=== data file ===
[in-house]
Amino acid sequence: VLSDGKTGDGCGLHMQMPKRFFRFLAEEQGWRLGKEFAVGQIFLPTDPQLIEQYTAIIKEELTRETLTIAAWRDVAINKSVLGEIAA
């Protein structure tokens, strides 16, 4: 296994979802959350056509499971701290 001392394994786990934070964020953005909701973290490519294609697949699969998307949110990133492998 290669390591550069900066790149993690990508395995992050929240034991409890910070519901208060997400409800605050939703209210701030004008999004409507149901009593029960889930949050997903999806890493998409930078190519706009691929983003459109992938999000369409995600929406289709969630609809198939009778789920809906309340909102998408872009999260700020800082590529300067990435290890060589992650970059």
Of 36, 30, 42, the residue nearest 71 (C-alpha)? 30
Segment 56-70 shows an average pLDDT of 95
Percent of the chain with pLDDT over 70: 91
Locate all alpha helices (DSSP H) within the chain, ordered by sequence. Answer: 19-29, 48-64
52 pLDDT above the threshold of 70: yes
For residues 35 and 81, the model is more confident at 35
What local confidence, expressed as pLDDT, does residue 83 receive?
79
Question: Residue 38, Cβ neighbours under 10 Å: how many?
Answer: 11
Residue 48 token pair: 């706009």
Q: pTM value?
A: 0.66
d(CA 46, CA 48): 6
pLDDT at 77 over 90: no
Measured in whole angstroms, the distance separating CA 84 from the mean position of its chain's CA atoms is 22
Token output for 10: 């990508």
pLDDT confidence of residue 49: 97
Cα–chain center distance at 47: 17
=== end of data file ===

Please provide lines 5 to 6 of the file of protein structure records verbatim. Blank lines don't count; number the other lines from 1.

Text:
Segment 56-70 shows an average pLDDT of 95
Percent of the chain with pLDDT over 70: 91